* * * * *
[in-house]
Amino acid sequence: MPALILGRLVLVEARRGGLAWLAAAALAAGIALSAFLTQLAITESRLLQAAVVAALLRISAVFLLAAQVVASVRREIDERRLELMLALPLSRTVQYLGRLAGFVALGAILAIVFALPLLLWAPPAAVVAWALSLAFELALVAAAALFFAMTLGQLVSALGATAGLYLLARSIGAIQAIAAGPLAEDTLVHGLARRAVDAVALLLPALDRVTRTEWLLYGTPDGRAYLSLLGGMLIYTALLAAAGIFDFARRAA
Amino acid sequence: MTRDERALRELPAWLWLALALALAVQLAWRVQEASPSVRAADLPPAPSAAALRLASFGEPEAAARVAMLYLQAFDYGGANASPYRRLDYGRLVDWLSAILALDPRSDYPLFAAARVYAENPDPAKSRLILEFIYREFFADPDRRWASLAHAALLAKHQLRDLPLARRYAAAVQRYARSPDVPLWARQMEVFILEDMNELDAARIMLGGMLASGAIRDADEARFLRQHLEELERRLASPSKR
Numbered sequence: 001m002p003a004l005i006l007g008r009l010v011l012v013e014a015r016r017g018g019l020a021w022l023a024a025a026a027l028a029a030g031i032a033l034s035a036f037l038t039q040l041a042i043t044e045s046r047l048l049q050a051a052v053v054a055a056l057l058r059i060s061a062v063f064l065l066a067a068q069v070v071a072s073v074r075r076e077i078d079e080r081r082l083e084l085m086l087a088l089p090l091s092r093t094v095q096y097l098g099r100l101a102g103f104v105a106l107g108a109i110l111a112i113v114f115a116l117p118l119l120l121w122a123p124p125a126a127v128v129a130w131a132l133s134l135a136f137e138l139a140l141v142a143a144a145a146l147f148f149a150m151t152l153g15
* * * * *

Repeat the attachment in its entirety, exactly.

[in-house]
Amino acid sequence: MPALILGRLVLVEARRGGLAWLAAAALAAGIALSAFLTQLAITESRLLQAAVVAALLRISAVFLLAAQVVASVRREIDERRLELMLALPLSRTVQYLGRLAGFVALGAILAIVFALPLLLWAPPAAVVAWALSLAFELALVAAAALFFAMTLGQLVSALGATAGLYLLARSIGAIQAIAAGPLAEDTLVHGLARRAVDAVALLLPALDRVTRTEWLLYGTPDGRAYLSLLGGMLIYTALLAAAGIFDFARRAA
Amino acid sequence: MTRDERALRELPAWLWLALALALAVQLAWRVQEASPSVRAADLPPAPSAAALRLASFGEPEAAARVAMLYLQAFDYGGANASPYRRLDYGRLVDWLSAILALDPRSDYPLFAAARVYAENPDPAKSRLILEFIYREFFADPDRRWASLAHAALLAKHQLRDLPLARRYAAAVQRYARSPDVPLWARQMEVFILEDMNELDAARIMLGGMLASGAIRDADEARFLRQHLEELERRLASPSKR
Numbered sequence: 001m002p003a004l005i006l007g008r009l010v011l012v013e014a015r016r017g018g019l020a021w022l023a024a025a026a027l028a029a030g031i032a033l034s035a036f037l038t039q040l041a042i043t044e045s046r047l048l049q050a051a052v053v054a055a056l057l058r059i060s061a062v063f064l065l066a067a068q069v070v071a072s073v074r075r076e077i078d079e080r081r082l083e084l085m086l087a088l089p090l091s092r093t094v095q096y097l098g099r100l101a102g103f104v105a106l107g108a109i110l111a112i113v114f115a116l117p118l119l120l121w122a123p124p125a126a127v128v129a130w131a132l133s134l135a136f137e138l139a140l141v142a143a144a145a146l147f148f149a150m151t152l153g15